I’m not going to lie: I had a whole post written about my writing goals for 2024 and I just trashed it. Doesn’t feel good, but I had a “That’s fine for Merlin” moment and realized that a lot of what I said didn’t align with how I feel. Over the past week, a couple of things changed my mind on goal-setting; let’s get into them.
First of all, I started back on stimulant medication for my ADHD. After a year lost to trying different non-stimulant options, it feels like a breath of fresh air to have my brain be able to focus and get things done again. I know stimulant medication doesn’t work for everyone, but it’s important to listen to your body and your experiences when you don’t feel like you’re at your best. I finished a book on Vyvanse (more on that later), and now I feel like I can write another one.
Speaking of ADHD, the wonderful Jessica McCabe of the YouTube channel How to ADHD posted a video which was really eye-opening for me.
In it, she suggested that perhaps neurodivergent people (i.e., people with ADHD and/or autism) might need to make bigger goals than neurotypical people do. Doing this, she says, keeps our brains engaged with our goals and keeps us on track when we stray off the path. This connected with me in ways that I did not expect. The story about the autistic man who wanted to be George Lucas’ accountant when he grew up and ended up as an accountant for Disney (who own Star Wars) was especially poignant.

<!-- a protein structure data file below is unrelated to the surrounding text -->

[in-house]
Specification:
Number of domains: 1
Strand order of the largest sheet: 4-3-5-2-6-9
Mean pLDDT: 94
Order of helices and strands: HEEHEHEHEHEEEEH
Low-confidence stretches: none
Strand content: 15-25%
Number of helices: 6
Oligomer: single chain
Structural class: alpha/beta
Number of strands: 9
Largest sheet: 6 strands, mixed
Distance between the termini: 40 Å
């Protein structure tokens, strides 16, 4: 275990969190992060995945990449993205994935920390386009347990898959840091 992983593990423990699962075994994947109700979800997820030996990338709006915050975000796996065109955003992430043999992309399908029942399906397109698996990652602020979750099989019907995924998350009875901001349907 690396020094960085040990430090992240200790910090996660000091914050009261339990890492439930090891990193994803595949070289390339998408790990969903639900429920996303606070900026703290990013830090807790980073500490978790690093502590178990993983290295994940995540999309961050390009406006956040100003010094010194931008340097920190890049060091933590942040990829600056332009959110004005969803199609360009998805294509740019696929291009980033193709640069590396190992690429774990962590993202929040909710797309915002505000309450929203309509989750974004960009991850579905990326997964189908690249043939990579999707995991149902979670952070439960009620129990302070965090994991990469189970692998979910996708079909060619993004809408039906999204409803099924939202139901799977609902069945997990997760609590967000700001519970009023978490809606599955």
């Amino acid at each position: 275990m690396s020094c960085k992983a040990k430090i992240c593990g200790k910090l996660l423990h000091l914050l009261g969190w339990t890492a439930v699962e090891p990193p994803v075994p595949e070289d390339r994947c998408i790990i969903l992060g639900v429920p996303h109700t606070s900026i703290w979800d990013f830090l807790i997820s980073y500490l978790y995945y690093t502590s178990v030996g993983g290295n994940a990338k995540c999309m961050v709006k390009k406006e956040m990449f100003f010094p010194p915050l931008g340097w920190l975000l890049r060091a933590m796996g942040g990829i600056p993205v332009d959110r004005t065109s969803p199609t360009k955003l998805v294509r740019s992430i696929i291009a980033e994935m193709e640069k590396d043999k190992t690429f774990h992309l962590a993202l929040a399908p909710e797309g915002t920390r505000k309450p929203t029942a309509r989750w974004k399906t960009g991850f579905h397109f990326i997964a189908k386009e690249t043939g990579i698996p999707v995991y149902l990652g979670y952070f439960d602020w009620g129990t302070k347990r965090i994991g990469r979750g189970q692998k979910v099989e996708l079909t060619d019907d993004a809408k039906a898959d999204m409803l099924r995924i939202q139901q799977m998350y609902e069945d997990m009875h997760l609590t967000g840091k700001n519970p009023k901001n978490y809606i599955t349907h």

I’ve been trying for years to make my dreams and goals smaller, more realistic, more SMART (Specific, Measurable, Achievable, Relevant, and Time-bound). Write X words a day, finish the book, publish the book. No mention of my dreams of having a fandom community, or of seeing fan art/fanfiction of my characters. Forget being a Big Name Author; aim for mid-list and expect to be lower than that (especially in self-publishing).
Enough. I want to prove that I can write with the best of them. I can build a community of dedicated readers who love my books enough to create their own spin on them. I can be a household name, at least in some houses.
This time, I’m shooting for the moon. If I fall short, then at least I tried.
Agile Goal Setting (With Rest!)
The final thing that affected me this week was the Wordmakers quarterly Plan-a-thon. This time, we did things a little differently (thanks to our fearless leader, Tasha L. Harrison), focusing on goals that play to our strengths, work on our challenges, takes advantage of our opportunities, and incorporates self-care to avoid burnout. In that Saturday planning session, I came up with three goals to help see me through the year:
- Publish a book
- Write a second book
- Stop putting yourself last
What do those goals look like in real life? #1 and #2 are easy: I will be publishing Boomtown this year (keep your eyes on the Books page for more information soon!) and will write its sequel by the end of the year. I am keeping dates intentionally vague in order to allow myself flexibility in that schedule. I have a lot on my plate this year, and while writing is the most important thing in my life it will occasionally have to sit out a game.
#3 is trickier to pin down. I am an inveterate people pleaser, and I’ve always put others before me. No more. To that end I will prioritize self-care such as taking a daily walk, setting firm boundaries with my friends and family, and take weekends off from writing business and household duties. I refuse to burn out on writing again, so letting my brain rest will be an important part of writing that second book in goal #2. I will take care of myself first, and others second. After all, you have to put on your own oxygen mask before helping others.
What About You?
What are your goals for 2024? I encourage you to dream big, play to your strengths, and remember self-care. If the goals you set on January 1st don’t work, you can always set new goals.